What is “Slack Key Guitar”? Hawaiian music is for hula dancing and luaus, right? Makana is so far from that analogy it is difficult to describe. Talking to Makana he told me that he has played traditional slack key guitar from childhood. His first teacher was a true traditionalist, Bobbie Moderow, and he lead him to Sonny Chillington who was a master of slack key guitar. Unfortunately, Sonny died when Makana was only thirteen, but left him with a passion to play, write and perform.
Slack key guitar, in order to be consider traditional, it must accompany a vocal and sound as if three guitars are playing.
When asked what type of guitar he likes to play he said his “Baby, ‘Evening Star”, a Takamine EN 10C. According to Makana no other guitar gives him the sound he requires to make his style of music complete. Leo Kottke with some John Fahey thrown in are some of the styles he mixes with his traditional teachings creating a beautiful haunting sound that comes from that worn, scratched guitar.
Currently Makana is working in the studio on a take off of Bob Dylan’s “Subterranean Homesick Blues”. He is a political activist and has strong opinions when it comes to our systems in the U.S. The song he is working on is titled “Super Delegates Bullshit Blues”. Probably from the title one can gather his political leanings.
Carefully selected cover tunes are included in his live show as well as some of his recordings. Again looking back on his formative years he chooses older tunes that he heard as a child and puts his own spin on them. If they turn out well, they get played.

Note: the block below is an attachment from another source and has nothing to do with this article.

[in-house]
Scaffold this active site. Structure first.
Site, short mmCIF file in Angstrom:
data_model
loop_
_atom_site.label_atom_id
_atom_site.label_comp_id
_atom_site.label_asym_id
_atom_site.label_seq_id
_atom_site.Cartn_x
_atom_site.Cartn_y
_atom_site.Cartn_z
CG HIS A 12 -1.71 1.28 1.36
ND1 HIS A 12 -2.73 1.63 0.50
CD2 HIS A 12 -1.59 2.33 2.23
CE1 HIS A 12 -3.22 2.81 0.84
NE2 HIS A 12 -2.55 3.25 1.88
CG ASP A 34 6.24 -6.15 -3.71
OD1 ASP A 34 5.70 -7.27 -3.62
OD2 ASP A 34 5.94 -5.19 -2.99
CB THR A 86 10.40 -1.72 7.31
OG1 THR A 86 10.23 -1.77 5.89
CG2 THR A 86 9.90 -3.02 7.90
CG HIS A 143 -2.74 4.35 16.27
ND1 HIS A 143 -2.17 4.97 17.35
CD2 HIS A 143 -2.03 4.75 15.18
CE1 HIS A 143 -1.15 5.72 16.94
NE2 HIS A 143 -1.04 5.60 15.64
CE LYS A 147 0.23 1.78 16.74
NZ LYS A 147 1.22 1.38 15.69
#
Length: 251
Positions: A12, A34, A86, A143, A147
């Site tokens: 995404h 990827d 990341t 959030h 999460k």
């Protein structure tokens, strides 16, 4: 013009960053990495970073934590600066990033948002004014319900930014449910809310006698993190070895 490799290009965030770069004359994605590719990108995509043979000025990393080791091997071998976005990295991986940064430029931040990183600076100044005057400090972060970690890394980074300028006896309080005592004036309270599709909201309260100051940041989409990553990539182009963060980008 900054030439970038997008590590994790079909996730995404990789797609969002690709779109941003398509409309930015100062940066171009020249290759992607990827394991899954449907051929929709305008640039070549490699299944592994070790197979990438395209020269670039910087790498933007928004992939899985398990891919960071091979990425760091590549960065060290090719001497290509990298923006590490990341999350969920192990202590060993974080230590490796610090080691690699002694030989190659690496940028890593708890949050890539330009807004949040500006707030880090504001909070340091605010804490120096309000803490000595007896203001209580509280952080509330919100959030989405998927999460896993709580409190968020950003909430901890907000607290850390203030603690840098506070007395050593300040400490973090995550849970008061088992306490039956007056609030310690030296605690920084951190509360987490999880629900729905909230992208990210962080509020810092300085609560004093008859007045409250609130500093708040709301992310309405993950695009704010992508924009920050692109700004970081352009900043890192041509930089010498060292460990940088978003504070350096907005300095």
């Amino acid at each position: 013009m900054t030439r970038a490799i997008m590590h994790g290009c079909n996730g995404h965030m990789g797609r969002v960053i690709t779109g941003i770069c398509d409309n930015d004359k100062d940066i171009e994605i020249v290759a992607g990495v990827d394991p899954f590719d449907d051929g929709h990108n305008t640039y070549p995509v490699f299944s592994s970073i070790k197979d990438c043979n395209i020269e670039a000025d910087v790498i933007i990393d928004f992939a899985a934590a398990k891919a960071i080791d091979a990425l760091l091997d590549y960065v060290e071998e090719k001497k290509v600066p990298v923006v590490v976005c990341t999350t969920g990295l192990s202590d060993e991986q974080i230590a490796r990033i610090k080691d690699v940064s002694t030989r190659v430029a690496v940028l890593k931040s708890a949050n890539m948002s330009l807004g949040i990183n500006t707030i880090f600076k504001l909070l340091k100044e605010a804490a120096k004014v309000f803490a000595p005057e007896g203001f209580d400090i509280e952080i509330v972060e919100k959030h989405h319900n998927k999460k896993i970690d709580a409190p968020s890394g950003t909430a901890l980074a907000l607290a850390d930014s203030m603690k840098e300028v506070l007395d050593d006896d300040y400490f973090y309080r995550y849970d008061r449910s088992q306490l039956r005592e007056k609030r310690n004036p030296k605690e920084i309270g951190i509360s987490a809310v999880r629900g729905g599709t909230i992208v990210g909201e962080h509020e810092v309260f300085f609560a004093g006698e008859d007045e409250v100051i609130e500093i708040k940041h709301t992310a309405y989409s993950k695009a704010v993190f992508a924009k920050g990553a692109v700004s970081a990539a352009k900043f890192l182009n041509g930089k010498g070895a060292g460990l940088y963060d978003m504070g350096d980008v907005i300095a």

As we were talking it was apparent homesickness is setting in. He talked about his favorite places to play and that would be on the island anywhere outside. Being surrounded by nature inspires his playing, making it morph to new directions each time a piece is performed.
To rejuvenate and replenish his creativity, his love of gardening, reading, watching films helps rest his mind and allows the music to come more easily. When he talks about his second love after his music, it is cooking. He loves to make salads from the veggies he pulls from his garden. Then there is Hawaiian taro. I was completely unaware that chips can be made from the root along with oolu cakes and crackers.
What a interesting conversation with this complex man. I say complex as his music lets you in on some of what goes on in his mind. To listen to his music is to hear generations of traditions from the islands which is an important component to “Slack Key” playing. The beauty of the composition and the skill of the player makes for a joyful listening experience.